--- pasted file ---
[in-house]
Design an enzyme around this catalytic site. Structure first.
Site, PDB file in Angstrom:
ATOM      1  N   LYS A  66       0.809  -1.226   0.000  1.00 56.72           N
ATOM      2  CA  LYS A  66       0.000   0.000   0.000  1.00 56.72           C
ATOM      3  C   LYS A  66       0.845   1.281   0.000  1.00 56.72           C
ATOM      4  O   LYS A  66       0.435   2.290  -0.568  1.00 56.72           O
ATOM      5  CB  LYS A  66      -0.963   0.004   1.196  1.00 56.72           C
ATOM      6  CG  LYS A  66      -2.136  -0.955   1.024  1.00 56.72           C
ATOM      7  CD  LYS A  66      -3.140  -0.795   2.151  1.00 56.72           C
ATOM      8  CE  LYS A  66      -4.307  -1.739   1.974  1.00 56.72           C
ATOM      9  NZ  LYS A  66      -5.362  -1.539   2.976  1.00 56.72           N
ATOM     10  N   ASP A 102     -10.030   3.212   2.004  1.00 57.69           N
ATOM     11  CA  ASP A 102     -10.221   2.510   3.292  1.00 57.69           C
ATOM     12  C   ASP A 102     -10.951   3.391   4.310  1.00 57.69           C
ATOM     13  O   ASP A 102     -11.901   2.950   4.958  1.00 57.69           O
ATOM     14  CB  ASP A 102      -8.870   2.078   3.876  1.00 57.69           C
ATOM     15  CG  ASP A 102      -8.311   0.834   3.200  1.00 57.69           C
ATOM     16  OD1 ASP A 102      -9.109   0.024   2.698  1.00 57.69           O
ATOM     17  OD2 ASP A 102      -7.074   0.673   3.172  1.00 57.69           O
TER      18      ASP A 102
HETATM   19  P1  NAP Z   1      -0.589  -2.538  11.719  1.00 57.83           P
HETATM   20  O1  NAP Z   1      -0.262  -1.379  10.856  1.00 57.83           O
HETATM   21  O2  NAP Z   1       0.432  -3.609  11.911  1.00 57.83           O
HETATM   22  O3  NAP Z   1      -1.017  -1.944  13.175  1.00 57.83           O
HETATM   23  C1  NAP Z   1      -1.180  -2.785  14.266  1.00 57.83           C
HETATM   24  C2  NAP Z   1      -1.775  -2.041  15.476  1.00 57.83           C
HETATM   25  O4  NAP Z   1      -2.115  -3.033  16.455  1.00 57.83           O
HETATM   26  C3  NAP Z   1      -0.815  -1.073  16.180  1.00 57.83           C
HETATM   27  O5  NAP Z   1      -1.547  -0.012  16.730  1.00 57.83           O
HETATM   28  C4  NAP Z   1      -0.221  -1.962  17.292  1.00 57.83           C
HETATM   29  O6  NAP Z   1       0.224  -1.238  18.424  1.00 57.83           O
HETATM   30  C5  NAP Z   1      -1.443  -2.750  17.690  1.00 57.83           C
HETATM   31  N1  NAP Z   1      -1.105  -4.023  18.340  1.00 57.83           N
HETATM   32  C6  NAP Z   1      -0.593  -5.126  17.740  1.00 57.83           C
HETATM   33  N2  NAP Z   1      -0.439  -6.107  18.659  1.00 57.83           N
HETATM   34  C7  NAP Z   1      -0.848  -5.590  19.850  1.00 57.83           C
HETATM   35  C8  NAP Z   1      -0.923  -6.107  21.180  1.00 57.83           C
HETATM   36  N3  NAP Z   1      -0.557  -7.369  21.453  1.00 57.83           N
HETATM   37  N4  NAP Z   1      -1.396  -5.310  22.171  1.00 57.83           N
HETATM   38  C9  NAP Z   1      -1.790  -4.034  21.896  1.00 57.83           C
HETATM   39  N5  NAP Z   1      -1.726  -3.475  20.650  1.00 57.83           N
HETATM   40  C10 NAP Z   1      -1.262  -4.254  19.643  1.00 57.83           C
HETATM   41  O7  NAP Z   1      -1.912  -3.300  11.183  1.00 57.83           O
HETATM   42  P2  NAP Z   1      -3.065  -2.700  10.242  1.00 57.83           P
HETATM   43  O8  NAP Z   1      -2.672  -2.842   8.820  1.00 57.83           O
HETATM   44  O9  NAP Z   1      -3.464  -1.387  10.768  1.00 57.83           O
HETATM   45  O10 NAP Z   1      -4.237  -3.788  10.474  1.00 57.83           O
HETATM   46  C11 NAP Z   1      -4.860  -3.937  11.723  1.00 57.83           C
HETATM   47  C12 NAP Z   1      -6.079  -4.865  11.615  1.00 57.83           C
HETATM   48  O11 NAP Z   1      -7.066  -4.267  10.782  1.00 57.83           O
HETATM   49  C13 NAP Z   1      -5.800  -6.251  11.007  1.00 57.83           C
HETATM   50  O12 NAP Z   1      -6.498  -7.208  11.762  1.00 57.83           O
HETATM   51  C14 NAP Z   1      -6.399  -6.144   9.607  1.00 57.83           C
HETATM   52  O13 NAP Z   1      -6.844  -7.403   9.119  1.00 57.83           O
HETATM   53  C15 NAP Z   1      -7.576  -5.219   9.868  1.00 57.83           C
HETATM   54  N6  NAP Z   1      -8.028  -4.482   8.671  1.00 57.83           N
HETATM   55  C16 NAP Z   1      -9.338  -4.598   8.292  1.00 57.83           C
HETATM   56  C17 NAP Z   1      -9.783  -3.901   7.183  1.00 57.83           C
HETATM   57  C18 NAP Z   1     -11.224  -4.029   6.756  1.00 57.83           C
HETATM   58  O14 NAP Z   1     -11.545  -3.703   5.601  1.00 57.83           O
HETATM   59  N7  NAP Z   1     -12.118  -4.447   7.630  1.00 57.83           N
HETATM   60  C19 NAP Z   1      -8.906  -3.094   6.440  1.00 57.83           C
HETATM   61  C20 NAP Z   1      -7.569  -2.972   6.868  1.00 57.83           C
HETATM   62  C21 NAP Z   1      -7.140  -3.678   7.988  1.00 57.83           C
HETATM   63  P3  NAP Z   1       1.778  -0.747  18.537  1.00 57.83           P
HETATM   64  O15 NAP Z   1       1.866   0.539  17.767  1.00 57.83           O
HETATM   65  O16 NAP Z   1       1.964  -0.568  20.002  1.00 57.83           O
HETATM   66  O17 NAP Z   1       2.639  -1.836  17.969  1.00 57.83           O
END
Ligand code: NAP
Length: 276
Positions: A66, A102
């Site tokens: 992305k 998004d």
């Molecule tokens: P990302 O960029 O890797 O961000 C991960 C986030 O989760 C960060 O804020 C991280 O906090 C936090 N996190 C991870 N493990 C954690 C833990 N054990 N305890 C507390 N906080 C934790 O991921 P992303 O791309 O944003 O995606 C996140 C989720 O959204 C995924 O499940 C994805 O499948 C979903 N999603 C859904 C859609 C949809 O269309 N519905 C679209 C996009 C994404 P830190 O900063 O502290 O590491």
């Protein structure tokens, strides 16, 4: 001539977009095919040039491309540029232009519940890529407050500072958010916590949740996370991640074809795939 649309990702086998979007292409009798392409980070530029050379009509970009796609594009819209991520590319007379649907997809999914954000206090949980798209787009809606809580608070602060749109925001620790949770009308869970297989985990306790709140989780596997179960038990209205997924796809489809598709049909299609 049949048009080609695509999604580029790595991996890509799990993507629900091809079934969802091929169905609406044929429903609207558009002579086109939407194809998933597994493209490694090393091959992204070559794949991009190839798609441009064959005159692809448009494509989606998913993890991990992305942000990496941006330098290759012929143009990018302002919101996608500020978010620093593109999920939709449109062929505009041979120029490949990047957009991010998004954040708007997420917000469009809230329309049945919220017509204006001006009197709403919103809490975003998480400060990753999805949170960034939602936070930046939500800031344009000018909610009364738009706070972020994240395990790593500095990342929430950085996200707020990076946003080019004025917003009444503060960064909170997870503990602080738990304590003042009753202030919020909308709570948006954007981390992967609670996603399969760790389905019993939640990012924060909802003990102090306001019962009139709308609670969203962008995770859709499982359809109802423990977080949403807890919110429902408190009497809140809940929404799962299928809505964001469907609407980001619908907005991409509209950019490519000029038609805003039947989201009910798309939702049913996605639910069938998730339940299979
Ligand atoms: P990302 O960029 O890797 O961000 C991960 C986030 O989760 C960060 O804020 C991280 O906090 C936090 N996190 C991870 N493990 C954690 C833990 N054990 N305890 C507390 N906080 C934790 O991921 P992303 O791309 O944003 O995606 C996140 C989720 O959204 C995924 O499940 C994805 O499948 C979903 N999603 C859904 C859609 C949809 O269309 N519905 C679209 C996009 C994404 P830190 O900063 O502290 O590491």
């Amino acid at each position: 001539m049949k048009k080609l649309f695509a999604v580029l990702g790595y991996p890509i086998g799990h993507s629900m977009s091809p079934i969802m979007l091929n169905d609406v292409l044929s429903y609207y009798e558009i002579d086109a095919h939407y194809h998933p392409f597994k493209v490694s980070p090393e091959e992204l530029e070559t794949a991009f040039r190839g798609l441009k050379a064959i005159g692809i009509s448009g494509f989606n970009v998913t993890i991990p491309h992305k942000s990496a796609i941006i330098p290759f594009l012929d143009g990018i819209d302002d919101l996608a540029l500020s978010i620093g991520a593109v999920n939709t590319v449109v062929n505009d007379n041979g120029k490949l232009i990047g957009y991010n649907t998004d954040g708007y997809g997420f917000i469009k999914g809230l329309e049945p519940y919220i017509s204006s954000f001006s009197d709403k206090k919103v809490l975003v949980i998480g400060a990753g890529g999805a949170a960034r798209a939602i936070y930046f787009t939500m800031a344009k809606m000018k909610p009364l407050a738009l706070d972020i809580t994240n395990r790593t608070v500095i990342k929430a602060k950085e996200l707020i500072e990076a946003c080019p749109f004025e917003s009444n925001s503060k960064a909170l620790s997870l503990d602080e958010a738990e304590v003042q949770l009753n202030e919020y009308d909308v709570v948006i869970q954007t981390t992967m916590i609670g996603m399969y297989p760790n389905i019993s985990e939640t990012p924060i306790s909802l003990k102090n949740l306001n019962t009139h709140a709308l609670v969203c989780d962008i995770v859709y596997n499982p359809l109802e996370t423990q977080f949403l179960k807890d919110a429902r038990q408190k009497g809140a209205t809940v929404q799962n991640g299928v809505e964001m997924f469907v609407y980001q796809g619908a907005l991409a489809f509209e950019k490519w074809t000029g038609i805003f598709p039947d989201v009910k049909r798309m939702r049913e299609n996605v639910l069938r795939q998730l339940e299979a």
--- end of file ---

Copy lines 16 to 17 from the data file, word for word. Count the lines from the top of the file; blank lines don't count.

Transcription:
ATOM     13  O   ASP A 102     -11.901   2.950   4.958  1.00 57.69           O
ATOM     14  CB  ASP A 102      -8.870   2.078   3.876  1.00 57.69           C